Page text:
We all have our favorite dog breeds. Dogs we grew up with, dogs we look to adopt. But these furry friends don’t always fare well in competitions. In fact, many beloved breeds have never won the Westminster Kennel Club dog show. Take a look at these delightful dogs who have won our hearts, but not the popular sporting event.
Luckily these little guys don’t care much about winning. They prefer love from their owners and the joys of any toys thrown their way. You’d also be surprised how many people like to play dress up with these pint-sized pups!
When people see chihuahuas, they often think of the Taco Bell dog or Reese Witherspoon's cute sidekick in "Legally Blonde." Although popular in pop culture, this breed hasn't quite made its way into the top spot in the winner circle at Westminster just yet.
Dachshunds often rank in the top 20, according to the American Kennel Club. The dachshund has even won Westminster Best of Group 10 times. However, it has never been awarded "Best in Show."
As popular as the playfully French bulldog has become in the last decade, the breed just can’t seem to pass the poodle in the non-sporting group. That doesn’t mean the Frenchie won’t ever win, so keep your hopes alive.
Who can resist the all-American vibe of the golden retriever? Westminster judges, apparently. Although this breed is popular with so many families, especially those with kids, it hasn’t been enough to win “Best in Show.”
The American Kennel Club says this gentle giant was recently ranked 15th in popularity in the U.S. The Great Dane has won the Westminster Best of Group several times, but not one has ever taken home a “Best in Show.”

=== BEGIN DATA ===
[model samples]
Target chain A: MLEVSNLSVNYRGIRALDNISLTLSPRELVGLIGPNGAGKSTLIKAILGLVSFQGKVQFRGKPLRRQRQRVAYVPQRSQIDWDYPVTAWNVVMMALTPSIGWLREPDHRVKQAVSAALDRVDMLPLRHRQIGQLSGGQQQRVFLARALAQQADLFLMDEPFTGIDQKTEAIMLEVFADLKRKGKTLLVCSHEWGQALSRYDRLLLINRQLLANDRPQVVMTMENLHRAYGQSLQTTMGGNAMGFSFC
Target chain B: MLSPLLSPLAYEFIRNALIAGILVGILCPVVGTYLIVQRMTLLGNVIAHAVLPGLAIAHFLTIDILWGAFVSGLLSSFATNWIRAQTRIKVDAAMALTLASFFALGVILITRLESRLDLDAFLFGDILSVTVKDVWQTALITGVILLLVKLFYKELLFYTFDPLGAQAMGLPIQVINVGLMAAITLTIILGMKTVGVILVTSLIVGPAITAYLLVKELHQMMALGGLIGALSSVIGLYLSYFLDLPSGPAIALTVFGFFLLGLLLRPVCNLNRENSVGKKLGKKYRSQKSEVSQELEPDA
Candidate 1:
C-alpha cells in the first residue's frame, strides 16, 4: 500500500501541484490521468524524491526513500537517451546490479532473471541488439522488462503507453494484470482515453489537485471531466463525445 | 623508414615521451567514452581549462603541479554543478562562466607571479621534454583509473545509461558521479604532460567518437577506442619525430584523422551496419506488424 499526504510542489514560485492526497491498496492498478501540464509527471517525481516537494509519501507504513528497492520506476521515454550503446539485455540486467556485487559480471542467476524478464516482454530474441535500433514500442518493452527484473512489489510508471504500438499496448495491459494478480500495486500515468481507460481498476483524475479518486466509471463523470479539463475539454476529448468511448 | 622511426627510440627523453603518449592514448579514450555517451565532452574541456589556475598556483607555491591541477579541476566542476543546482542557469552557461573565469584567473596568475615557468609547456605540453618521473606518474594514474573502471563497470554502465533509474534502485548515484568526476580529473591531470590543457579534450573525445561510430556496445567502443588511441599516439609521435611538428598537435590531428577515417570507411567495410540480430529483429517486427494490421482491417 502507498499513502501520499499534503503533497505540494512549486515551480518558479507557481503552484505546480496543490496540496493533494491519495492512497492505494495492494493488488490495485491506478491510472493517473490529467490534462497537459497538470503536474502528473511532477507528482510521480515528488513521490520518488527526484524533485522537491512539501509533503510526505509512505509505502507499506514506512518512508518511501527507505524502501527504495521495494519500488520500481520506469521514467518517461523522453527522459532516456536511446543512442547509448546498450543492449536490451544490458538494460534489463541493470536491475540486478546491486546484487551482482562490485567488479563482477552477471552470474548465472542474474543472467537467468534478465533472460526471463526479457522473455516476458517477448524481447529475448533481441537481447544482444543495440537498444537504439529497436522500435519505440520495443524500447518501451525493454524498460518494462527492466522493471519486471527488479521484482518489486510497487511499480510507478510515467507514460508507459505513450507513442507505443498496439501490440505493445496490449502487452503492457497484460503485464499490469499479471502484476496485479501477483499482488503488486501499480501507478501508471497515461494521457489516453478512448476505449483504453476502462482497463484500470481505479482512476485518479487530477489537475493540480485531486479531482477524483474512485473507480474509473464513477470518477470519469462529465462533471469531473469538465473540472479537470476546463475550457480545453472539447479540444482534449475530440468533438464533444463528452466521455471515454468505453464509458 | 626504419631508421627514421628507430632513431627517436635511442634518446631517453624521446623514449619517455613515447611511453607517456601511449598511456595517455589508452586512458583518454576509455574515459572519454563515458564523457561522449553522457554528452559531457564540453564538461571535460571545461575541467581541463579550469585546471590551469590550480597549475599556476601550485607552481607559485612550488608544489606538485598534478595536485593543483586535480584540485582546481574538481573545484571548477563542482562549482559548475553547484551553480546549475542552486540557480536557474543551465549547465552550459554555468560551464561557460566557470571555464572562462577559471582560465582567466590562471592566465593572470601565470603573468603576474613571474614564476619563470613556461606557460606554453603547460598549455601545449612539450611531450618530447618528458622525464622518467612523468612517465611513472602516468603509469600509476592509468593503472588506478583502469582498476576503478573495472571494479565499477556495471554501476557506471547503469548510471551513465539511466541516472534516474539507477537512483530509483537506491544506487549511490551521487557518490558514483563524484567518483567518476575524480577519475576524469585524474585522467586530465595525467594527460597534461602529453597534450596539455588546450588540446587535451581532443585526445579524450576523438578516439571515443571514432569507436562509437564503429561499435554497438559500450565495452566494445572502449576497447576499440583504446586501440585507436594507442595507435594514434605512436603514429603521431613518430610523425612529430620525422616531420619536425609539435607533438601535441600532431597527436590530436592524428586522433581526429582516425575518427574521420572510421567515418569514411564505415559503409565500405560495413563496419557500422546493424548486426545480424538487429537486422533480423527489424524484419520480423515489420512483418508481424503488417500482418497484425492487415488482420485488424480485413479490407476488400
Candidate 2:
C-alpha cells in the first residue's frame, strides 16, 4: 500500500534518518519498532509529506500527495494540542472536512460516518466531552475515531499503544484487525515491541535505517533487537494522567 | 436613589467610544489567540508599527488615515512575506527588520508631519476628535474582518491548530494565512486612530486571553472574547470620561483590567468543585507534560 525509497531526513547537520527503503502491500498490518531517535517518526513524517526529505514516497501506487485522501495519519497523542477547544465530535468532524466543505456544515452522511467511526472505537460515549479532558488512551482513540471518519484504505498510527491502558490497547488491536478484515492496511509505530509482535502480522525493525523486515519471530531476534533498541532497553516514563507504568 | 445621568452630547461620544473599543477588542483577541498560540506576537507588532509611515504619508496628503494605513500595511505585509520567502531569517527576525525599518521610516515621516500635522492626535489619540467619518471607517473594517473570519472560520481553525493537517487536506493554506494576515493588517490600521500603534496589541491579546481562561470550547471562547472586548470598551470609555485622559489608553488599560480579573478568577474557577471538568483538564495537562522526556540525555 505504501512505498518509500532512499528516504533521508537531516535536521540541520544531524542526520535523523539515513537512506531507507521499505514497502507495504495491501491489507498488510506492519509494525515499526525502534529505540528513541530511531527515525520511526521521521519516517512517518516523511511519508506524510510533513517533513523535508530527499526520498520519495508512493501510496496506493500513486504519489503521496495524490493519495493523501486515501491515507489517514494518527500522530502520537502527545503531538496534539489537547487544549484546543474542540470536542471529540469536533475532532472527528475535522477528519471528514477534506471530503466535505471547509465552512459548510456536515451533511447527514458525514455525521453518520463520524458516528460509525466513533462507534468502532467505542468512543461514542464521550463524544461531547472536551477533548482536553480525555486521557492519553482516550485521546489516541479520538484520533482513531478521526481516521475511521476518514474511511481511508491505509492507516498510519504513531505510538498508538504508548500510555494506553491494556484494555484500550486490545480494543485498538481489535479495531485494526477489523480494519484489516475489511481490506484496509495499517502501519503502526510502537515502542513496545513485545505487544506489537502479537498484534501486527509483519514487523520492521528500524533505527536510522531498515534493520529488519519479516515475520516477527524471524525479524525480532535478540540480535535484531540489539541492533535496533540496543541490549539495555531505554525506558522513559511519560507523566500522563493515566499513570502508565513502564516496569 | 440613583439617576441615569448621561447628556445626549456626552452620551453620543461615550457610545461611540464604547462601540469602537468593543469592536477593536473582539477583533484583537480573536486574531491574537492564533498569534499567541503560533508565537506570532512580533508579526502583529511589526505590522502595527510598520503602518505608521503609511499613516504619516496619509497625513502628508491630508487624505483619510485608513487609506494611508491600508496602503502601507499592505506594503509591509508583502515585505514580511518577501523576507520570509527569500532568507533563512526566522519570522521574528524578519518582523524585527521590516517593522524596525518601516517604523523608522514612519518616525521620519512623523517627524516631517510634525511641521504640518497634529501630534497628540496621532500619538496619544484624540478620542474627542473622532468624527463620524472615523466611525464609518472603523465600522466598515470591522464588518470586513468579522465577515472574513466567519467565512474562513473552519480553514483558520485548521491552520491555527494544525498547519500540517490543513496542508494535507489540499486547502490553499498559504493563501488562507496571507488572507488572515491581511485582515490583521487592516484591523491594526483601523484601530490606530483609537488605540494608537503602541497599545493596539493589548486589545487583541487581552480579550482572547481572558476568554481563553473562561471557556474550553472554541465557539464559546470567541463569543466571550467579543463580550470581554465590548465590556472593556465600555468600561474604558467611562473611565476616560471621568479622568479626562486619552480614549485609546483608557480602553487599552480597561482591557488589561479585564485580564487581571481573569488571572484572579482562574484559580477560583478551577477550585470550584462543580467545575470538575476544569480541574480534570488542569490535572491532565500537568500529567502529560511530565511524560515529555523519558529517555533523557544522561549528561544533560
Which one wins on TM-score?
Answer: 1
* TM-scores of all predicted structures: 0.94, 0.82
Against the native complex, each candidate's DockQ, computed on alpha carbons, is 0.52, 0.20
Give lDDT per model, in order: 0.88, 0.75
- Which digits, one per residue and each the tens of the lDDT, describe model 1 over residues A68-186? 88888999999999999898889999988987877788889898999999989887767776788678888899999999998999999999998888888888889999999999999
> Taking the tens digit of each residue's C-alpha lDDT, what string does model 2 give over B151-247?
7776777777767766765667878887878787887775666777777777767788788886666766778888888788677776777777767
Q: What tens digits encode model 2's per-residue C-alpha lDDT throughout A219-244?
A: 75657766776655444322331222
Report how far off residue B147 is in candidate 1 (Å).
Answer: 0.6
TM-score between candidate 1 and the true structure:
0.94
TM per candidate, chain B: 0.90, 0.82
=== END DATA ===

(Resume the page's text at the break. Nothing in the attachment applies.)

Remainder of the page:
This is America’s favorite dog, according to the American Kennel Club. But how is it that this popular pooch has never won the competition let alone the top spot in its group? The lovable, friendly, outgoing Labrador retriever is bound to win at some point. Is this the year?
While the miniature schnauzer is the most popular of the schnauzer breeds, only the standard schnauzer has ever taken home a “Best in Show” distinction (in 1997). It’s time for this cheerful, energetic pup to have its moment in the spotlight.
Often described as a "powerful" and "robust" breed, the Rottweiler can’t seem to outshine other top contenders (the boxer and the Doberman pinscher) in the Working Group.
Shetland sheepdogs are known for their eagerness to please their owners. But even this loyalty to their handlers hasn’t been enough to win “Best in Show.” However, the breed has taken the top spot in its group (the Herding Group) several times.
Recognized in 1969 by the American Kennel Club, the Shih Tzu has become an American favorite over the years. According to Westminster enthusiasts, it’s only a matter of time before the ancient breed, from imperial China, earns a “Best in Show” distinction.